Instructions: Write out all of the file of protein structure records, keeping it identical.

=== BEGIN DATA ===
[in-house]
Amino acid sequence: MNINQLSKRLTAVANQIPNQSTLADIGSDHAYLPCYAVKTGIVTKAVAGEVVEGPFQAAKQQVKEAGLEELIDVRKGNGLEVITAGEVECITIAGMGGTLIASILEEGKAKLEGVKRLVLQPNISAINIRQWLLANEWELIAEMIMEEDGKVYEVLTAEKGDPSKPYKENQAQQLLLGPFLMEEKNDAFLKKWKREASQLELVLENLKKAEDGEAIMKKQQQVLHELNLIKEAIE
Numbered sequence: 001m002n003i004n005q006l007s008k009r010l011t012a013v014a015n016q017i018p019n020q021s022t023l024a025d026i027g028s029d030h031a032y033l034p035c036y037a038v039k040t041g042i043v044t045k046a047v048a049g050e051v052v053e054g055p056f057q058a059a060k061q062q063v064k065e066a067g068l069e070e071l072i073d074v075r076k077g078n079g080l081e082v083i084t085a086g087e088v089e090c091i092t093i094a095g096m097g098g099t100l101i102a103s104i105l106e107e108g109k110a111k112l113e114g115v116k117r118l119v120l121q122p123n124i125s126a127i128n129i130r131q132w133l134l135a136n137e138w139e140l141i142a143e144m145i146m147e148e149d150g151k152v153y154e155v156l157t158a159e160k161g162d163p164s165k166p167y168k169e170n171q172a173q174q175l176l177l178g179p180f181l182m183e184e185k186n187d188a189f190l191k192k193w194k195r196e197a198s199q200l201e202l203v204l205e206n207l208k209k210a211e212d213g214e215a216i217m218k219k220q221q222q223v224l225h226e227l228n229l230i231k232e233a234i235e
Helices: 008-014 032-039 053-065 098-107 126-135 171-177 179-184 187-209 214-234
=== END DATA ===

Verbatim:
[in-house]
Amino acid sequence: MNINQLSKRLTAVANQIPNQSTLADIGSDHAYLPCYAVKTGIVTKAVAGEVVEGPFQAAKQQVKEAGLEELIDVRKGNGLEVITAGEVECITIAGMGGTLIASILEEGKAKLEGVKRLVLQPNISAINIRQWLLANEWELIAEMIMEEDGKVYEVLTAEKGDPSKPYKENQAQQLLLGPFLMEEKNDAFLKKWKREASQLELVLENLKKAEDGEAIMKKQQQVLHELNLIKEAIE
Numbered sequence: 001m002n003i004n005q006l007s008k009r010l011t012a013v014a015n016q017i018p019n020q021s022t023l024a025d026i027g028s029d030h031a032y033l034p035c036y037a038v039k040t041g042i043v044t045k046a047v048a049g050e051v052v053e054g055p056f057q058a059a060k061q062q063v064k065e066a067g068l069e070e071l072i073d074v075r076k077g078n079g080l081e082v083i084t085a086g087e088v089e090c091i092t093i094a095g096m097g098g099t100l101i102a103s104i105l106e107e108g109k110a111k112l113e114g115v116k117r118l119v120l121q122p123n124i125s126a127i128n129i130r131q132w133l134l135a136n137e138w139e140l141i142a143e144m145i146m147e148e149d150g151k152v153y154e155v156l157t158a159e160k161g162d163p164s165k166p167y168k169e170n171q172a173q174q175l176l177l178g179p180f181l182m183e184e185k186n187d188a189f190l191k192k193w194k195r196e197a198s199q200l201e202l203v204l205e206n207l208k209k210a211e212d213g214e215a216i217m218k219k220q221q222q223v224l225h226e227l228n229l230i231k232e233a234i235e
Helices: 008-014 032-039 053-065 098-107 126-135 171-177 179-184 187-209 214-234